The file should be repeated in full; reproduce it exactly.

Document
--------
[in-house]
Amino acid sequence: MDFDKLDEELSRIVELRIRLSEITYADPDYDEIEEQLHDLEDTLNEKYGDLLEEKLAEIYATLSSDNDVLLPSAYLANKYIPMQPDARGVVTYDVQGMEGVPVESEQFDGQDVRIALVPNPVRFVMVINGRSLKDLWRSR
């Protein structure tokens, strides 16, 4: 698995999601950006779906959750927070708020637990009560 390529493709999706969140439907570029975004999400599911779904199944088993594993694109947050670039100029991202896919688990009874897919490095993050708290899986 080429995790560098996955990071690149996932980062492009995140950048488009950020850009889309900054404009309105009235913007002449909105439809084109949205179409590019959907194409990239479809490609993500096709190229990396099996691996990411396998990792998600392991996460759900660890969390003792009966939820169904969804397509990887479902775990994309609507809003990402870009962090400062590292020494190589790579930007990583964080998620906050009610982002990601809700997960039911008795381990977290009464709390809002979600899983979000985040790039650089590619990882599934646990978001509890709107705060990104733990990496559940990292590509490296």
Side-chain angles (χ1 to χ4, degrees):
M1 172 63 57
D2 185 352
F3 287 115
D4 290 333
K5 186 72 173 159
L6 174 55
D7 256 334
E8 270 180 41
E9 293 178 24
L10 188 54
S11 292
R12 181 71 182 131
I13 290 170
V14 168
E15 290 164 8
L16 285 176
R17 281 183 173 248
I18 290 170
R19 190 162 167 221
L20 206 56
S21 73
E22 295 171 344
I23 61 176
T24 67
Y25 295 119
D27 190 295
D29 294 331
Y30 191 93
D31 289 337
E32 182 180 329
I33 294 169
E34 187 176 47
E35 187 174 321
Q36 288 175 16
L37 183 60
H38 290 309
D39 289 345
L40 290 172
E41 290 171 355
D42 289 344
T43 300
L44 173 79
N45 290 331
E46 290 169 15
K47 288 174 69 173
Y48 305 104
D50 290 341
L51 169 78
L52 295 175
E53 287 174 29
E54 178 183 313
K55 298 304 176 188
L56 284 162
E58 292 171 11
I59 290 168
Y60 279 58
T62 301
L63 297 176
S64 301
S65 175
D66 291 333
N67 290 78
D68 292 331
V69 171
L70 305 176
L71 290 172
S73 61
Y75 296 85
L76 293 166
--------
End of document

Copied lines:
[in-house]
Amino acid sequence: MDFDKLDEELSRIVELRIRLSEITYADPDYDEIEEQLHDLEDTLNEKYGDLLEEKLAEIYATLSSDNDVLLPSAYLANKYIPMQPDARGVVTYDVQGMEGVPVESEQFDGQDVRIALVPNPVRFVMVINGRSLKDLWRSR
């Protein structure tokens, strides 16, 4: 698995999601950006779906959750927070708020637990009560 390529493709999706969140439907570029975004999400599911779904199944088993594993694109947050670039100029991202896919688990009874897919490095993050708290899986 080429995790560098996955990071690149996932980062492009995140950048488009950020850009889309900054404009309105009235913007002449909105439809084109949205179409590019959907194409990239479809490609993500096709190229990396099996691996990411396998990792998600392991996460759900660890969390003792009966939820169904969804397509990887479902775990994309609507809003990402870009962090400062590292020494190589790579930007990583964080998620906050009610982002990601809700997960039911008795381990977290009464709390809002979600899983979000985040790039650089590619990882599934646990978001509890709107705060990104733990990496559940990292590509490296």
Side-chain angles (χ1 to χ4, degrees):
M1 172 63 57
D2 185 352
F3 287 115
D4 290 333
K5 186 72 173 159
L6 174 55
D7 256 334
E8 270 180 41
E9 293 178 24
L10 188 54
S11 292
R12 181 71 182 131
I13 290 170
V14 168
E15 290 164 8
L16 285 176
R17 281 183 173 248
I18 290 170
R19 190 162 167 221
L20 206 56
S21 73
E22 295 171 344
I23 61 176
T24 67
Y25 295 119
D27 190 295
D29 294 331
Y30 191 93
D31 289 337
E32 182 180 329
I33 294 169
E34 187 176 47
E35 187 174 321
Q36 288 175 16
L37 183 60
H38 290 309
D39 289 345
L40 290 172
E41 290 171 355
D42 289 344
T43 300
L44 173 79
N45 290 331
E46 290 169 15
K47 288 174 69 173
Y48 305 104
D50 290 341
L51 169 78
L52 295 175
E53 287 174 29
E54 178 183 313
K55 298 304 176 188
L56 284 162
E58 292 171 11
I59 290 168
Y60 279 58
T62 301
L63 297 176
S64 301
S65 175
D66 291 333
N67 290 78
D68 292 331
V69 171
L70 305 176
L71 290 172
S73 61
Y75 296 85
L76 293 166